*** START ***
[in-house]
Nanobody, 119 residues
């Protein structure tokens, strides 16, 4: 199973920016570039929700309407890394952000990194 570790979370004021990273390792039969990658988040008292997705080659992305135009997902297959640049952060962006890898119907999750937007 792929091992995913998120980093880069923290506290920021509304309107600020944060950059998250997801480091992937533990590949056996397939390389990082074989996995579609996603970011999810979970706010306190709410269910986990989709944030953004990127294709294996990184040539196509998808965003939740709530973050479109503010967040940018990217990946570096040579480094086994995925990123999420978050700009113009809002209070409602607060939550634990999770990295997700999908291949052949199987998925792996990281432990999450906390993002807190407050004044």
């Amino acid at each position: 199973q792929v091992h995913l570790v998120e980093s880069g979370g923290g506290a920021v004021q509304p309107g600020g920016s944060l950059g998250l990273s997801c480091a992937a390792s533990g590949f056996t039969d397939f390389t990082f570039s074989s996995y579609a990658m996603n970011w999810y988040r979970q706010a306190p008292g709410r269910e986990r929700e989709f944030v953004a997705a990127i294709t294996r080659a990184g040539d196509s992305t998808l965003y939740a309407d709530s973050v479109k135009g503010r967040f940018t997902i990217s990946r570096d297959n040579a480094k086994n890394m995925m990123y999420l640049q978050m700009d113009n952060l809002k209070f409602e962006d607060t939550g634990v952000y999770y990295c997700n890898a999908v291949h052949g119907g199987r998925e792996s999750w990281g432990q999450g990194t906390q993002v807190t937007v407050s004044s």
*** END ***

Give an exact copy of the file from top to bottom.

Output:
[in-house]
Nanobody, 119 residues
């Protein structure tokens, strides 16, 4: 199973920016570039929700309407890394952000990194 570790979370004021990273390792039969990658988040008292997705080659992305135009997902297959640049952060962006890898119907999750937007 792929091992995913998120980093880069923290506290920021509304309107600020944060950059998250997801480091992937533990590949056996397939390389990082074989996995579609996603970011999810979970706010306190709410269910986990989709944030953004990127294709294996990184040539196509998808965003939740709530973050479109503010967040940018990217990946570096040579480094086994995925990123999420978050700009113009809002209070409602607060939550634990999770990295997700999908291949052949199987998925792996990281432990999450906390993002807190407050004044």
């Amino acid at each position: 199973q792929v091992h995913l570790v998120e980093s880069g979370g923290g506290a920021v004021q509304p309107g600020g920016s944060l950059g998250l990273s997801c480091a992937a390792s533990g590949f056996t039969d397939f390389t990082f570039s074989s996995y579609a990658m996603n970011w999810y988040r979970q706010a306190p008292g709410r269910e986990r929700e989709f944030v953004a997705a990127i294709t294996r080659a990184g040539d196509s992305t998808l965003y939740a309407d709530s973050v479109k135009g503010r967040f940018t997902i990217s990946r570096d297959n040579a480094k086994n890394m995925m990123y999420l640049q978050m700009d113009n952060l809002k209070f409602e962006d607060t939550g634990v952000y999770y990295c997700n890898a999908v291949h052949g119907g199987r998925e792996s999750w990281g432990q999450g990194t906390q993002v807190t937007v407050s004044s």